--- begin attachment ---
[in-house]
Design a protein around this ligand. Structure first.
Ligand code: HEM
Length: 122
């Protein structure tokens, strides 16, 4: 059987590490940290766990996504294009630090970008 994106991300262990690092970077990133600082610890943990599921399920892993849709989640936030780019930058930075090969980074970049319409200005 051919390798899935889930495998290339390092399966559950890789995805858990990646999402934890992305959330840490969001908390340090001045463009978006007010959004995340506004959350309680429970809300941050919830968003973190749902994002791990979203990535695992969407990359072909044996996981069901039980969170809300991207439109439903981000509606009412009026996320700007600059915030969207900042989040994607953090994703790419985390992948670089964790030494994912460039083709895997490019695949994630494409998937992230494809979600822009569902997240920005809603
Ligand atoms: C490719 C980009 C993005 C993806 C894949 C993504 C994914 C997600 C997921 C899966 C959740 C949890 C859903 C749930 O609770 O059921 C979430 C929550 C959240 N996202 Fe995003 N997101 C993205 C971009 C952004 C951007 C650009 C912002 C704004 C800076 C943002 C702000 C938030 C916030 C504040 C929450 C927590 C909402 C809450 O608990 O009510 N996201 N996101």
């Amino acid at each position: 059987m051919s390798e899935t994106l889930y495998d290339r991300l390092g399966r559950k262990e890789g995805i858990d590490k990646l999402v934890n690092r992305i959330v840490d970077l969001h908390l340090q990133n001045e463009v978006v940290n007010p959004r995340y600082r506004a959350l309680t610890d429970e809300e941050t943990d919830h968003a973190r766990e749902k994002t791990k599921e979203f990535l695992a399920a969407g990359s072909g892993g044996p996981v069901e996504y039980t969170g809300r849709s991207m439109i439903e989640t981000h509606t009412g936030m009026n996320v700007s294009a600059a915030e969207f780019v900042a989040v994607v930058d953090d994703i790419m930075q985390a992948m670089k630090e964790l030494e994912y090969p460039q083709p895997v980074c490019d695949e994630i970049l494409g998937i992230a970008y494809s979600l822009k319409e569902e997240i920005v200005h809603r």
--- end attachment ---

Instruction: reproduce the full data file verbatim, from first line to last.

[in-house]
Design a protein around this ligand. Structure first.
Ligand code: HEM
Length: 122
């Protein structure tokens, strides 16, 4: 059987590490940290766990996504294009630090970008 994106991300262990690092970077990133600082610890943990599921399920892993849709989640936030780019930058930075090969980074970049319409200005 051919390798899935889930495998290339390092399966559950890789995805858990990646999402934890992305959330840490969001908390340090001045463009978006007010959004995340506004959350309680429970809300941050919830968003973190749902994002791990979203990535695992969407990359072909044996996981069901039980969170809300991207439109439903981000509606009412009026996320700007600059915030969207900042989040994607953090994703790419985390992948670089964790030494994912460039083709895997490019695949994630494409998937992230494809979600822009569902997240920005809603
Ligand atoms: C490719 C980009 C993005 C993806 C894949 C993504 C994914 C997600 C997921 C899966 C959740 C949890 C859903 C749930 O609770 O059921 C979430 C929550 C959240 N996202 Fe995003 N997101 C993205 C971009 C952004 C951007 C650009 C912002 C704004 C800076 C943002 C702000 C938030 C916030 C504040 C929450 C927590 C909402 C809450 O608990 O009510 N996201 N996101």
């Amino acid at each position: 059987m051919s390798e899935t994106l889930y495998d290339r991300l390092g399966r559950k262990e890789g995805i858990d590490k990646l999402v934890n690092r992305i959330v840490d970077l969001h908390l340090q990133n001045e463009v978006v940290n007010p959004r995340y600082r506004a959350l309680t610890d429970e809300e941050t943990d919830h968003a973190r766990e749902k994002t791990k599921e979203f990535l695992a399920a969407g990359s072909g892993g044996p996981v069901e996504y039980t969170g809300r849709s991207m439109i439903e989640t981000h509606t009412g936030m009026n996320v700007s294009a600059a915030e969207f780019v900042a989040v994607v930058d953090d994703i790419m930075q985390a992948m670089k630090e964790l030494e994912y090969p460039q083709p895997v980074c490019d695949e994630i970049l494409g998937i992230a970008y494809s979600l822009k319409e569902e997240i920005v200005h809603r």